Dan DinelloDan Dinello’s activist past and creative mind are a perfect fit in Columbia’s Film & Video department.
“I marched and went to rallies as an anti-war demonstrator in Madison until the Vietnam War ended in 1975,” Dinello says, recalling his days as a student at the University of Wisconsin. During that time, he also did graduate work in philosophy and theater, worked as a janitor at a seniors’ community center and a sound person for a public television station, and became a father.
Equipped with an M.F.A. in film and video, he applied for a job at Columbia, a school much smaller than it is today, but equally devoted to its mission.
“The day I interviewed for the job was the first day I had seen the college. I loved that the department was as devoted to filmmaking as I was myself,” Dinello says. “At the time, I became the fourth full-time faculty member. I consider myself one of the department’s architects.”
Dinello cites Columbia’s ability to “uniquely interweave artistic, academic, technical, and practical career education” as one of its strengths, and also one of the characteristics of the college that make it a personally and creatively satisfying place to teach.
“I researched science fiction for a script, then developed a course in science fiction, then wrote a book, Technophobia! Science Fiction Visions of the Posthuman Technology, based on the class and my research,” Dinello says, offering an example of how his professional lives as artist, scholar, and teacher intersect at Columbia. “I have also directed episodes of a television show, Strangers With Candy, for Comedy Central and used my experience to inform classes in thesis development, screenwriting, directing, and post-production. I’ve taught at Columbia for 30 years and everything I’ve taught relates directly to my creative or research passions.”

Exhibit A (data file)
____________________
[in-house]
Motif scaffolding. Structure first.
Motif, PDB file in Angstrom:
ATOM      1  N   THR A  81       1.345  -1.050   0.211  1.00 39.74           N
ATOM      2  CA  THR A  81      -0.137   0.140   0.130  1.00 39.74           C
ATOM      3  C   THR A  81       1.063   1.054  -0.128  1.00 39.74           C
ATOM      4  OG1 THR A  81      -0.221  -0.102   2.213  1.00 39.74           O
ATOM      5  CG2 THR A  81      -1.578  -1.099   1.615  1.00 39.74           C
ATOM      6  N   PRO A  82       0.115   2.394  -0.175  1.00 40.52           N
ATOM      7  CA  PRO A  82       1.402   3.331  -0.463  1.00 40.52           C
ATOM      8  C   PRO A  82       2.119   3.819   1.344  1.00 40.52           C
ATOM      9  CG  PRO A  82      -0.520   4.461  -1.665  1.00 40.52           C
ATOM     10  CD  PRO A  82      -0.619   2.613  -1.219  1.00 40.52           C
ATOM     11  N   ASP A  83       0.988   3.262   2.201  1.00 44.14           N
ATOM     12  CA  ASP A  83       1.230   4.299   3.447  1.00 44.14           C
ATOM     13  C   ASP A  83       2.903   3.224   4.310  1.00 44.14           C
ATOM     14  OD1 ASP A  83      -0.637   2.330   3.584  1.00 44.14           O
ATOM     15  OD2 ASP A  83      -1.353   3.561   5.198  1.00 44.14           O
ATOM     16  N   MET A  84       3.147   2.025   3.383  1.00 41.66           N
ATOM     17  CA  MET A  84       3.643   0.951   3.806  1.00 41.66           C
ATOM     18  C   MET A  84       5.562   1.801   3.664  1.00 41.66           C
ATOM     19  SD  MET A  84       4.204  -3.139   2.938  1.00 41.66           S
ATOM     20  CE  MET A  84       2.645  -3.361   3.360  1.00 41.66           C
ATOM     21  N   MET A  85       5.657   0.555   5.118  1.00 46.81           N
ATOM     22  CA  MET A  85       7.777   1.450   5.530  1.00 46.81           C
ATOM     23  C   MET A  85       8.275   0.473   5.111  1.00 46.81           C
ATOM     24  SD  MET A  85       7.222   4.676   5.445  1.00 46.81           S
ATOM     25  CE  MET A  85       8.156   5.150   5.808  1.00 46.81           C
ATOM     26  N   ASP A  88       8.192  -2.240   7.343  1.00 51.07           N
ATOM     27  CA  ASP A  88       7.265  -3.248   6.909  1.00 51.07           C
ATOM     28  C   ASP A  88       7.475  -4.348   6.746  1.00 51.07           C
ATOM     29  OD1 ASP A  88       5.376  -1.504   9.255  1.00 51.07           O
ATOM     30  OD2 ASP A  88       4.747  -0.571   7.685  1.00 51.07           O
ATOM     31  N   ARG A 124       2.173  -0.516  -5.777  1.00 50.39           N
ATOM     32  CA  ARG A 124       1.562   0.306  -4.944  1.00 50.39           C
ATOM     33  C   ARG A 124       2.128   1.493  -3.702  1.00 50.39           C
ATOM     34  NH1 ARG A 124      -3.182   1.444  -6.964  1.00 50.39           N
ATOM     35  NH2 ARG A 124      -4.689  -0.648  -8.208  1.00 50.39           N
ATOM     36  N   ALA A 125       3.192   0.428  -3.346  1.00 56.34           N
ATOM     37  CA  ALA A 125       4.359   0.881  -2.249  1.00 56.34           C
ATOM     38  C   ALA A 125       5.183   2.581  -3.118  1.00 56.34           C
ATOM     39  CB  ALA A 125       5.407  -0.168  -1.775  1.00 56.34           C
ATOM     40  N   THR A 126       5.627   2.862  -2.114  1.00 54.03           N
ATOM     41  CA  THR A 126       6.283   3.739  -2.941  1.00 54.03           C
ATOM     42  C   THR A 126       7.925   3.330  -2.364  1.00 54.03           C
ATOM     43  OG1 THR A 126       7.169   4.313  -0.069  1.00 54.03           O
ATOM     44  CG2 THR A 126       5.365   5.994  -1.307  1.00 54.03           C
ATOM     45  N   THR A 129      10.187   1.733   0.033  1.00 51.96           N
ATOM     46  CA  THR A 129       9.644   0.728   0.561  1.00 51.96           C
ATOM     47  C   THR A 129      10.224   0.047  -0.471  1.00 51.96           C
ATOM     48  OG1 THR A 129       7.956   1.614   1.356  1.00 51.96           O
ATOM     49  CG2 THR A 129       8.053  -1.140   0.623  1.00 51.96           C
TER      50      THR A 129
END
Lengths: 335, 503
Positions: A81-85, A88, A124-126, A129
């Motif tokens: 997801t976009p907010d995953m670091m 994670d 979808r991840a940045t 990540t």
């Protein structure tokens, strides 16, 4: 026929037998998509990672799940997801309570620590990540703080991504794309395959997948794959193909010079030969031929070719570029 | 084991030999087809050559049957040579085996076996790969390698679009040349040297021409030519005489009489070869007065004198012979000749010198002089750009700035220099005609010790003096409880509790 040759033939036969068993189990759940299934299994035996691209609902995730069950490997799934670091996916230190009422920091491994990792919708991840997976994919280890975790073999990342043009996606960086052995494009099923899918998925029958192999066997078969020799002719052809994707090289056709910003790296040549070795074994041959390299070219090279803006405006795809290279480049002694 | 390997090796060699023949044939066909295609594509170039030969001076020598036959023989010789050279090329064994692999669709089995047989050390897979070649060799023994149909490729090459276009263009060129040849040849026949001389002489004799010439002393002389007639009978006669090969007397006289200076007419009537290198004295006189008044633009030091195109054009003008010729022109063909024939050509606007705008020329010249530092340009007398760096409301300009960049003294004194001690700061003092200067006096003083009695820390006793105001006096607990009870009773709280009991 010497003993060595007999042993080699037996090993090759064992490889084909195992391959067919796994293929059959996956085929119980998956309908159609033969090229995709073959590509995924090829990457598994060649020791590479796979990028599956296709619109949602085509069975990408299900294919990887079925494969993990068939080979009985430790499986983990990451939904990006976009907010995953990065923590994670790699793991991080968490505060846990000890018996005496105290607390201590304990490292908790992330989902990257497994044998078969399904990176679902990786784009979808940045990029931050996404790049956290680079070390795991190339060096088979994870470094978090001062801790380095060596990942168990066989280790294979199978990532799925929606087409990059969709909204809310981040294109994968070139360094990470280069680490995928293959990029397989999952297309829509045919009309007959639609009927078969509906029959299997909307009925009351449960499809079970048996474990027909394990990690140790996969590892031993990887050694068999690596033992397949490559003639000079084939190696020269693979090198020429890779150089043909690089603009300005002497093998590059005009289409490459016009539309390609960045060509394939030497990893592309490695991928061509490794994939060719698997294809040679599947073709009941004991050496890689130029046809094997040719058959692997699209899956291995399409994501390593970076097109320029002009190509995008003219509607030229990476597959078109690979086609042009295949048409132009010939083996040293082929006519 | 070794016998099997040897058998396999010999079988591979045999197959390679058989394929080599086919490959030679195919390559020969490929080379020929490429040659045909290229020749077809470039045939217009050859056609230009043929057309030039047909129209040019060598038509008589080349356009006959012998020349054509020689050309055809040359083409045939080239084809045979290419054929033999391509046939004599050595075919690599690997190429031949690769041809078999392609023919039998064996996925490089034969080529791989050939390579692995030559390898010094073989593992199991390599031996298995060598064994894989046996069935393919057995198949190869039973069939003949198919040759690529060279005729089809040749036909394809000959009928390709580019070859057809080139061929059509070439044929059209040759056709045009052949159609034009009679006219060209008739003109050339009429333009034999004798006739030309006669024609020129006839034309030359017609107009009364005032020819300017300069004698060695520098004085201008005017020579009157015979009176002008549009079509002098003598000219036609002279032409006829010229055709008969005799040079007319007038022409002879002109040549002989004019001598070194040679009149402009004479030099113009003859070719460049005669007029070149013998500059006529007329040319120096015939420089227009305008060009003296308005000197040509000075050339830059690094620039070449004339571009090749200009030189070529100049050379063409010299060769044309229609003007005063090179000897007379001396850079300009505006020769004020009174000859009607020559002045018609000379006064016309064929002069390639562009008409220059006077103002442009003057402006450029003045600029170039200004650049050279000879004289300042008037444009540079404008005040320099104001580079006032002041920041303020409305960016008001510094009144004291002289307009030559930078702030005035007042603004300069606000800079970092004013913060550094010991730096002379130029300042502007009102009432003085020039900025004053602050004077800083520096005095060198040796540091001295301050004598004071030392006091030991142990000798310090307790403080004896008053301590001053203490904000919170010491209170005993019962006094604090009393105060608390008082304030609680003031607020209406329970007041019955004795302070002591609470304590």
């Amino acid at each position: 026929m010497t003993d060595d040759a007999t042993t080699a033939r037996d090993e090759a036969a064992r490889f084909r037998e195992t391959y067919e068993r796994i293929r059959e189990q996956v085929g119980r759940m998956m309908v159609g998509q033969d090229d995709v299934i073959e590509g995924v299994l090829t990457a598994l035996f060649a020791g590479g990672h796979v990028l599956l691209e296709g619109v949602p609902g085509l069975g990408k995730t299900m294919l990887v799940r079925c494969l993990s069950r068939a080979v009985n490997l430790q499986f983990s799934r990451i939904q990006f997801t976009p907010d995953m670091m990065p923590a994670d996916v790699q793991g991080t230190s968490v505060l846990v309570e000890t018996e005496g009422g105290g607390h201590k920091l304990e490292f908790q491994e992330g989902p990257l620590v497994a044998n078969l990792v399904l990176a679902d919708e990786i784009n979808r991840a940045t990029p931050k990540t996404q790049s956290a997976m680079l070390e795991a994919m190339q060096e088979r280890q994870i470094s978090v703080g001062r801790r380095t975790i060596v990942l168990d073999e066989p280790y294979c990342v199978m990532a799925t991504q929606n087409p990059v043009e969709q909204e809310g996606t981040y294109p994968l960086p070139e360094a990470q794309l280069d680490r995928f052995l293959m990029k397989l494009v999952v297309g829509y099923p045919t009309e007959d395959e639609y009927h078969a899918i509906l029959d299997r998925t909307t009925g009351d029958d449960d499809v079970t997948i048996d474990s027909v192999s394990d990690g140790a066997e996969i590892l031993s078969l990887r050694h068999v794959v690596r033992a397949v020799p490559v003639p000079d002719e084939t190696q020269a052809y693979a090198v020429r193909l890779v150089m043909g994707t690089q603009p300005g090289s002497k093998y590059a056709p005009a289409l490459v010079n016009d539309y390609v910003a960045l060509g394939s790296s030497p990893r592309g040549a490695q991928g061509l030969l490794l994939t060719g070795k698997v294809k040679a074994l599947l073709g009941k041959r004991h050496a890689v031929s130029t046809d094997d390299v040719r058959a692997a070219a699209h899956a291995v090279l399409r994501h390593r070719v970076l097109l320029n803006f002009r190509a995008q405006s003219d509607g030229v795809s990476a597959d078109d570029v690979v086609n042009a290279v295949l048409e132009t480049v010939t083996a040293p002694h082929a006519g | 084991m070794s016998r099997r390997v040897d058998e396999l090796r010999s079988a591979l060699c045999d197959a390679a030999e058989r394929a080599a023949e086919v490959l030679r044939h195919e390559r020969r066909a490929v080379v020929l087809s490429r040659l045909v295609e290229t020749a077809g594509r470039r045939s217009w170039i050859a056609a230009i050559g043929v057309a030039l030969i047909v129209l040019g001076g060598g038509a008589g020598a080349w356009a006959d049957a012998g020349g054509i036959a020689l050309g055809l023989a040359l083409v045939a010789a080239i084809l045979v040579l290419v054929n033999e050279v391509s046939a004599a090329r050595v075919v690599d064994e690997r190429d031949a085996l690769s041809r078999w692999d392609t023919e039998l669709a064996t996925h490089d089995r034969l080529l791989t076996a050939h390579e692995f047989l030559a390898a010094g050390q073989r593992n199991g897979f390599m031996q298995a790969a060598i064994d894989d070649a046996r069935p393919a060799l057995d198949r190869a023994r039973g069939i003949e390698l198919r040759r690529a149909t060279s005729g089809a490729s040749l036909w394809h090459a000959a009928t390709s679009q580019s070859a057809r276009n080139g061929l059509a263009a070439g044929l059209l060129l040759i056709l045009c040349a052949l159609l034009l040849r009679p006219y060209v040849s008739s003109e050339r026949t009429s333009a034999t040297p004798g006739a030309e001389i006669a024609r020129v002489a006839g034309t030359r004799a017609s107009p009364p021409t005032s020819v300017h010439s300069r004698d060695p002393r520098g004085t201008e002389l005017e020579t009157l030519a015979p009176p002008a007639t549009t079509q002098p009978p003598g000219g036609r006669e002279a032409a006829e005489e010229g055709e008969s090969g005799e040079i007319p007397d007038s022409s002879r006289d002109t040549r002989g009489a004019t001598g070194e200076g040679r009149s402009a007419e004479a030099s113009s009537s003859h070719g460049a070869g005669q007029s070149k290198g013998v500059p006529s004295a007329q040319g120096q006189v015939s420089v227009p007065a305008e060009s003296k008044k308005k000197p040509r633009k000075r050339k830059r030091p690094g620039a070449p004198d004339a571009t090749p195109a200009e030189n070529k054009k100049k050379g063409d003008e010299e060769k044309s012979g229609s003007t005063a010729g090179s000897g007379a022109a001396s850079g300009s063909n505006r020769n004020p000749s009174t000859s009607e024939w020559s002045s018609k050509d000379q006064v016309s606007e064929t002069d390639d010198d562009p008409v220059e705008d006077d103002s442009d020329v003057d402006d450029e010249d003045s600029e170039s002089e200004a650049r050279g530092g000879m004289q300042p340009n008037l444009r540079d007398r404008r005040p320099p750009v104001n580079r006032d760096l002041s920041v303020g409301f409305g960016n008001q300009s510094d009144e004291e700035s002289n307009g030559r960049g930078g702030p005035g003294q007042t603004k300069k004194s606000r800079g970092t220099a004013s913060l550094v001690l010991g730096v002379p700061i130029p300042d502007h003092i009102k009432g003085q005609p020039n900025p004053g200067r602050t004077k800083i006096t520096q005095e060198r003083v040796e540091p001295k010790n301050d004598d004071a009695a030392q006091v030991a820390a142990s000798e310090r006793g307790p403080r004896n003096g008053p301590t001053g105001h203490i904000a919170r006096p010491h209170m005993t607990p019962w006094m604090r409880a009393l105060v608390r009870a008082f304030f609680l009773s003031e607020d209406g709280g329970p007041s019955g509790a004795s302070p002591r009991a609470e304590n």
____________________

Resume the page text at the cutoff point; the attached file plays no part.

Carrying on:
Dinello was part of the original committee that created the interdisciplinary, interactive multimedia program in 1997, which eventually evolved into the Department of Interactive Arts and Media. “We debated the aesthetics and technology of multimedia, the politics and objectives of the curriculum, the cost, the language, and the meaning of it all,” he recalls. “Through lengthy, exciting, and sometimes frustrating discussions, we created a good program that resulted from an unholy combination of political compromise and budgetary concerns as well as an idealistic vision of serving the educational needs of a new media generation.” As both co-director and director for three years, Dinello did everything from hiring teachers and helping create syllabi to sweeping the floors before the first class.
“Calmness, kindness, creativity, and persistence work wonders,” he notes. So does astute scholarship. Dinello was recently recognized as the 2010 Columbia College Chicago Distinguished Faculty Scholar, an honor he well deserves.